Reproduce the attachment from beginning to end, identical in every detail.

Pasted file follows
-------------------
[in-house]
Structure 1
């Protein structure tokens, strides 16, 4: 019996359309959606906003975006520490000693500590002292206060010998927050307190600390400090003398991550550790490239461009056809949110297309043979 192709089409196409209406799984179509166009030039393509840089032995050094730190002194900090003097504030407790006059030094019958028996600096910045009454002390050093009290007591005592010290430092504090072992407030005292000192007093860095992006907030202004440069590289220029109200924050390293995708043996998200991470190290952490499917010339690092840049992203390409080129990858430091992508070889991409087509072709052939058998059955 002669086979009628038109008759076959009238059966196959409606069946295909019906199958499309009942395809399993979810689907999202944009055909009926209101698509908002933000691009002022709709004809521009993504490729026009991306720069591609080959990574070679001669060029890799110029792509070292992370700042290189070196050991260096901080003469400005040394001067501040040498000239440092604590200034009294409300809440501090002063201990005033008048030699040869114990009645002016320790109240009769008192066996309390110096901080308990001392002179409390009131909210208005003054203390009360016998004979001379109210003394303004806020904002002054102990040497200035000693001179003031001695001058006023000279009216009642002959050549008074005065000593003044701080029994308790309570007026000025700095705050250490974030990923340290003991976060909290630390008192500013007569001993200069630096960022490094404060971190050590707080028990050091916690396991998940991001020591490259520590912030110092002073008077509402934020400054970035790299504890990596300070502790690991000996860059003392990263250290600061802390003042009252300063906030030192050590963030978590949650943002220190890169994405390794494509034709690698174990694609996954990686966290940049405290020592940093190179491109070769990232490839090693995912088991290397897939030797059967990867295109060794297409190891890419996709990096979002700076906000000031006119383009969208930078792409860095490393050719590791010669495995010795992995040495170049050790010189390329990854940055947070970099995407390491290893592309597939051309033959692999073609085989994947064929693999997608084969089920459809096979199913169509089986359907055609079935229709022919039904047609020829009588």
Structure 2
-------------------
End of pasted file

[in-house]
Structure 1
């Protein structure tokens, strides 16, 4: 019996359309959606906003975006520490000693500590002292206060010998927050307190600390400090003398991550550790490239461009056809949110297309043979 192709089409196409209406799984179509166009030039393509840089032995050094730190002194900090003097504030407790006059030094019958028996600096910045009454002390050093009290007591005592010290430092504090072992407030005292000192007093860095992006907030202004440069590289220029109200924050390293995708043996998200991470190290952490499917010339690092840049992203390409080129990858430091992508070889991409087509072709052939058998059955 002669086979009628038109008759076959009238059966196959409606069946295909019906199958499309009942395809399993979810689907999202944009055909009926209101698509908002933000691009002022709709004809521009993504490729026009991306720069591609080959990574070679001669060029890799110029792509070292992370700042290189070196050991260096901080003469400005040394001067501040040498000239440092604590200034009294409300809440501090002063201990005033008048030699040869114990009645002016320790109240009769008192066996309390110096901080308990001392002179409390009131909210208005003054203390009360016998004979001379109210003394303004806020904002002054102990040497200035000693001179003031001695001058006023000279009216009642002959050549008074005065000593003044701080029994308790309570007026000025700095705050250490974030990923340290003991976060909290630390008192500013007569001993200069630096960022490094404060971190050590707080028990050091916690396991998940991001020591490259520590912030110092002073008077509402934020400054970035790299504890990596300070502790690991000996860059003392990263250290600061802390003042009252300063906030030192050590963030978590949650943002220190890169994405390794494509034709690698174990694609996954990686966290940049405290020592940093190179491109070769990232490839090693995912088991290397897939030797059967990867295109060794297409190891890419996709990096979002700076906000000031006119383009969208930078792409860095490393050719590791010669495995010795992995040495170049050790010189390329990854940055947070970099995407390491290893592309597939051309033959692999073609085989994947064929693999997608084969089920459809096979199913169509089986359907055609079935229709022919039904047609020829009588």
Structure 2